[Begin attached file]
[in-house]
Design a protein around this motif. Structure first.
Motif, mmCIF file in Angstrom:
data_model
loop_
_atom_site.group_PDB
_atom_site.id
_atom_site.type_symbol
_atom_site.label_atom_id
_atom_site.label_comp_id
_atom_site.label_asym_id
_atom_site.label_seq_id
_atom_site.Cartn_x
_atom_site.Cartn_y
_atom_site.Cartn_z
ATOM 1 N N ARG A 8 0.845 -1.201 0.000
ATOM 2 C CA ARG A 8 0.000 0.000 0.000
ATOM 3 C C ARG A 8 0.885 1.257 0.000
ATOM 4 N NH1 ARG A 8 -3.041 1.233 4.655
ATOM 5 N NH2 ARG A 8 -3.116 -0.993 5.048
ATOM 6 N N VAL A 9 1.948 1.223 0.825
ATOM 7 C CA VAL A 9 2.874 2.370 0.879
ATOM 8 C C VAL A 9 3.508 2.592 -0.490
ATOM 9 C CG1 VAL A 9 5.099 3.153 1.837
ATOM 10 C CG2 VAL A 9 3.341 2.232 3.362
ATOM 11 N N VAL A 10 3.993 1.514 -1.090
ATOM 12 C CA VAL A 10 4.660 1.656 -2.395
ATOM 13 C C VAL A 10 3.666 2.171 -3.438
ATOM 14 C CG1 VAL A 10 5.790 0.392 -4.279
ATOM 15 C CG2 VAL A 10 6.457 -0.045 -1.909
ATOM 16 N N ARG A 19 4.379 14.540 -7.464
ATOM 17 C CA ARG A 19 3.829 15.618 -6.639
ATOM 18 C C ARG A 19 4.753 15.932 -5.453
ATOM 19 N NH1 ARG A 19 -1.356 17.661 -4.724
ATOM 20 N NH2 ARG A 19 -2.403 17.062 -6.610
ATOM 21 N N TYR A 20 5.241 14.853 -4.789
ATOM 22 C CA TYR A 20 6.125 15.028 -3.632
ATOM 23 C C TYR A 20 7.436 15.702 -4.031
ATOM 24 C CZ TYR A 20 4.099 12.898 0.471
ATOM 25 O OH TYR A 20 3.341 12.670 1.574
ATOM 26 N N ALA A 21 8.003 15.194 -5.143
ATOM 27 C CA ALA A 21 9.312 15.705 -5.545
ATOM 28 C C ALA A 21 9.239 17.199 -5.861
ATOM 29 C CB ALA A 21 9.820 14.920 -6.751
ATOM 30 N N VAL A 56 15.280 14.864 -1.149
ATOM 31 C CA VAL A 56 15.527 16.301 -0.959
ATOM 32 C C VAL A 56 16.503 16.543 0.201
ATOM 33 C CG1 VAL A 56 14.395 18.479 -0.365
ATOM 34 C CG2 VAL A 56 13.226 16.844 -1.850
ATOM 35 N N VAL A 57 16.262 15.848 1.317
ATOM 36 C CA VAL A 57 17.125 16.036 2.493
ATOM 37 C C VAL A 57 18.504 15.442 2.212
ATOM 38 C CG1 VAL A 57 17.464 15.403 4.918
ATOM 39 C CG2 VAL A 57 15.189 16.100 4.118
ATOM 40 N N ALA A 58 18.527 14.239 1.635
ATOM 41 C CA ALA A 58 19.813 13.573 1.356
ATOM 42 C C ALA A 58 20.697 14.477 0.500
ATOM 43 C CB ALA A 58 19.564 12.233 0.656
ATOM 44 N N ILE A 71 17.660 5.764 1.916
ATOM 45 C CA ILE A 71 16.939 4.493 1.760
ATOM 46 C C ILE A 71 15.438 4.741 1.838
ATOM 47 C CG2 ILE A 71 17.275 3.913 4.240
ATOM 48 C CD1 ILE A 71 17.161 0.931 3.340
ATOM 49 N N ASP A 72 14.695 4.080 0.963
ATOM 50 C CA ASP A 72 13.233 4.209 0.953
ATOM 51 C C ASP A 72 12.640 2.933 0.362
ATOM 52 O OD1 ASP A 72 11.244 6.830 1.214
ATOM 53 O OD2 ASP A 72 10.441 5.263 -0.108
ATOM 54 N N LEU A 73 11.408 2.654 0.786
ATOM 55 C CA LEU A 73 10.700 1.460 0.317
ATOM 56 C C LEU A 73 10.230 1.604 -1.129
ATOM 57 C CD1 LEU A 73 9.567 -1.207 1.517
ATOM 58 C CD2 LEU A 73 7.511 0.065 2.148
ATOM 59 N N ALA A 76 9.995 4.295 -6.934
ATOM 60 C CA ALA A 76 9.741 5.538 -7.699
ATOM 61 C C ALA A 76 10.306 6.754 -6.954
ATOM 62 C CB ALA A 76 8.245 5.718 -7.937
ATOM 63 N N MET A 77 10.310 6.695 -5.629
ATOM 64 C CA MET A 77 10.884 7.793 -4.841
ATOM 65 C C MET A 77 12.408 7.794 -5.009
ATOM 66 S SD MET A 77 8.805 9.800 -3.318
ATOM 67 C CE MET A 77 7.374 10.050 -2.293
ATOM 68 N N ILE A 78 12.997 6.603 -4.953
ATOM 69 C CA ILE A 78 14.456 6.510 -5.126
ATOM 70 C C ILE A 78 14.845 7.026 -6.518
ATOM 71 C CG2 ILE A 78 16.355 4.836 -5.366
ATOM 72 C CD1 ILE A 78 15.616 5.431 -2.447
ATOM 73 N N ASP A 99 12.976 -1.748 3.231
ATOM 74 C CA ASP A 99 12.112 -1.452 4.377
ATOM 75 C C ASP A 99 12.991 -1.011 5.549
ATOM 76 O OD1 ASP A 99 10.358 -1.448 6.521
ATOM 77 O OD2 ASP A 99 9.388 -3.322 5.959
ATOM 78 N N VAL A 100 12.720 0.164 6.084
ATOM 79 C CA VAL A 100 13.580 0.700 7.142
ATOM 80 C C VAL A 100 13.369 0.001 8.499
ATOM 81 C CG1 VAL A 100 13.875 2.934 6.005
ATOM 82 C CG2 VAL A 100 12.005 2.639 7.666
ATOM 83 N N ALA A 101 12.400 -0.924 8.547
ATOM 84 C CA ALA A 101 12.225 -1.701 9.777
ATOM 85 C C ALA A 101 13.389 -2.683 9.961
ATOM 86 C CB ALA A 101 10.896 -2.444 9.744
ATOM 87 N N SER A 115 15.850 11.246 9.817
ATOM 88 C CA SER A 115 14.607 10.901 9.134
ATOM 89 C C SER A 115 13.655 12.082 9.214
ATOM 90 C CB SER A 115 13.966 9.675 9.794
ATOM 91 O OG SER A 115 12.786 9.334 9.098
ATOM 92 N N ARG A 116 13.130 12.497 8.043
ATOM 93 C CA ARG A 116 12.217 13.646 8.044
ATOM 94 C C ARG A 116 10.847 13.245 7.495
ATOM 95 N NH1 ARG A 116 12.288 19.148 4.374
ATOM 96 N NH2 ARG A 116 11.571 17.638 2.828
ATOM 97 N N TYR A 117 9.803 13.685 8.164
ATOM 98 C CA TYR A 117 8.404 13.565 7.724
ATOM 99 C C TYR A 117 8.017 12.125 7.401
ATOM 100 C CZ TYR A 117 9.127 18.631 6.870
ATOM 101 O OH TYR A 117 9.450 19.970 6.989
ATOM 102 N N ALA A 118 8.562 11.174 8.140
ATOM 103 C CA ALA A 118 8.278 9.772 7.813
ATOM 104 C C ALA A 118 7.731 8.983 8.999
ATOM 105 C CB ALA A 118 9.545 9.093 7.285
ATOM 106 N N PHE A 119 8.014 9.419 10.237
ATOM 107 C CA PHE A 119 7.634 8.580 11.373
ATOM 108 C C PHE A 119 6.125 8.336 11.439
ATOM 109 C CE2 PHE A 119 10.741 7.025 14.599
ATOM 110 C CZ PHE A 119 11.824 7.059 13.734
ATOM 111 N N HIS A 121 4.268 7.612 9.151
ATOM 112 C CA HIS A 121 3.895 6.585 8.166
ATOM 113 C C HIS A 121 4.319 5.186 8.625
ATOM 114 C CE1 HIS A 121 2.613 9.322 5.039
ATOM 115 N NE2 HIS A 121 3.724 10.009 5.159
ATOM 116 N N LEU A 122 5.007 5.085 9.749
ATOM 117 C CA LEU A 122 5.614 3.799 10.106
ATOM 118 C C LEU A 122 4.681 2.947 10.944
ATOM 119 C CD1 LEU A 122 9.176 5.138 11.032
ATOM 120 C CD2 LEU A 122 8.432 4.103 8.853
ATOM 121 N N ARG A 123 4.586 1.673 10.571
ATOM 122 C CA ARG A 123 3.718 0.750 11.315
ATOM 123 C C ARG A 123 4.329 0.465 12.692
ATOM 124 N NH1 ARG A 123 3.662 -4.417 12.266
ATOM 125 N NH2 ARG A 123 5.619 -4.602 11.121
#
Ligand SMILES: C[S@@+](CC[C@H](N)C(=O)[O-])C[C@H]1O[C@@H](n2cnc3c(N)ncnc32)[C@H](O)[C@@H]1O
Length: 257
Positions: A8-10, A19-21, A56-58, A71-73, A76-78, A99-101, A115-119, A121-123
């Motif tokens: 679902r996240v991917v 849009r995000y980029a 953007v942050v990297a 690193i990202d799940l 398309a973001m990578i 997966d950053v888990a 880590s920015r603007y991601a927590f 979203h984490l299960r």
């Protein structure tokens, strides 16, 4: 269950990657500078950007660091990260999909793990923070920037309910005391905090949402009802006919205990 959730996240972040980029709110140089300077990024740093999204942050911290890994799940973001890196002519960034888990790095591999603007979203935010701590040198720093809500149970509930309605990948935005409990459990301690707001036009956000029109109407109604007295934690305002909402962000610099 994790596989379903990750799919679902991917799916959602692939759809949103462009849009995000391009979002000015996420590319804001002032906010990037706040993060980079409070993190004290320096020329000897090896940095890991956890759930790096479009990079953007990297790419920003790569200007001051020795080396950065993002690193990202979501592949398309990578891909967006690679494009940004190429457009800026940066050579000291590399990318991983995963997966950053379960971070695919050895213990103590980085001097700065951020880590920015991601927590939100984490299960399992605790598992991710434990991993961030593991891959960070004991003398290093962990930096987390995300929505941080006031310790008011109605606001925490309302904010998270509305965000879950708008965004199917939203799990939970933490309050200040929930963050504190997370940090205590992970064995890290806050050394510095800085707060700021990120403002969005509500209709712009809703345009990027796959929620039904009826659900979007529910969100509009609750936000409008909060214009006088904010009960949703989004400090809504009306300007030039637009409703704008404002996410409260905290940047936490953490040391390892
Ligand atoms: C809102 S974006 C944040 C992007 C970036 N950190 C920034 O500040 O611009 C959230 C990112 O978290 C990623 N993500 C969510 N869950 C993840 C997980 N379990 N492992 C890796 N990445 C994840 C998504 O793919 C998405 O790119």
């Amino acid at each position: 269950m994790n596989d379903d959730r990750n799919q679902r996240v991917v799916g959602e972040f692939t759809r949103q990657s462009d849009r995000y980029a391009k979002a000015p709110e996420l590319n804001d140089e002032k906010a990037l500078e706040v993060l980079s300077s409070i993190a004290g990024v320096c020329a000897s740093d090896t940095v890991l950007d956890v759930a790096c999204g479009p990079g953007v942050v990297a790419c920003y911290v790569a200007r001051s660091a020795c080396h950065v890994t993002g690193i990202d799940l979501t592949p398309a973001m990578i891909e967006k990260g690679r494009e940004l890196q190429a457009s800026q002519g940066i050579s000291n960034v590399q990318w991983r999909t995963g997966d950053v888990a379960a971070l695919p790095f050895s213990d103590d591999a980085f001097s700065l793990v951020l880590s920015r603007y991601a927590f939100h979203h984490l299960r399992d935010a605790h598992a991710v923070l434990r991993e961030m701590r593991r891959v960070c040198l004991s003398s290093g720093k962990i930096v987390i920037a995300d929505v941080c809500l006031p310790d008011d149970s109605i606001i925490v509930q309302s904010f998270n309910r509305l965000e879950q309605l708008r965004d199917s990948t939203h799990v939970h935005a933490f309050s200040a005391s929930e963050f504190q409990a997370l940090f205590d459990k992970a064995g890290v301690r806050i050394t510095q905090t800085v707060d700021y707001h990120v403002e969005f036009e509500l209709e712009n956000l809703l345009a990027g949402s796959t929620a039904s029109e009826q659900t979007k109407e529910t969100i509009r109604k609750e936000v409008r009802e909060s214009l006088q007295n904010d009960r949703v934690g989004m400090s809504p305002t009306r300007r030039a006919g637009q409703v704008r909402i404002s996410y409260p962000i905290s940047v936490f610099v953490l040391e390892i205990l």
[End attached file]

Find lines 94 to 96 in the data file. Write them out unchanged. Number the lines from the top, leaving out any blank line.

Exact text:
ATOM 79 C CA VAL A 100 13.580 0.700 7.142
ATOM 80 C C VAL A 100 13.369 0.001 8.499
ATOM 81 C CG1 VAL A 100 13.875 2.934 6.005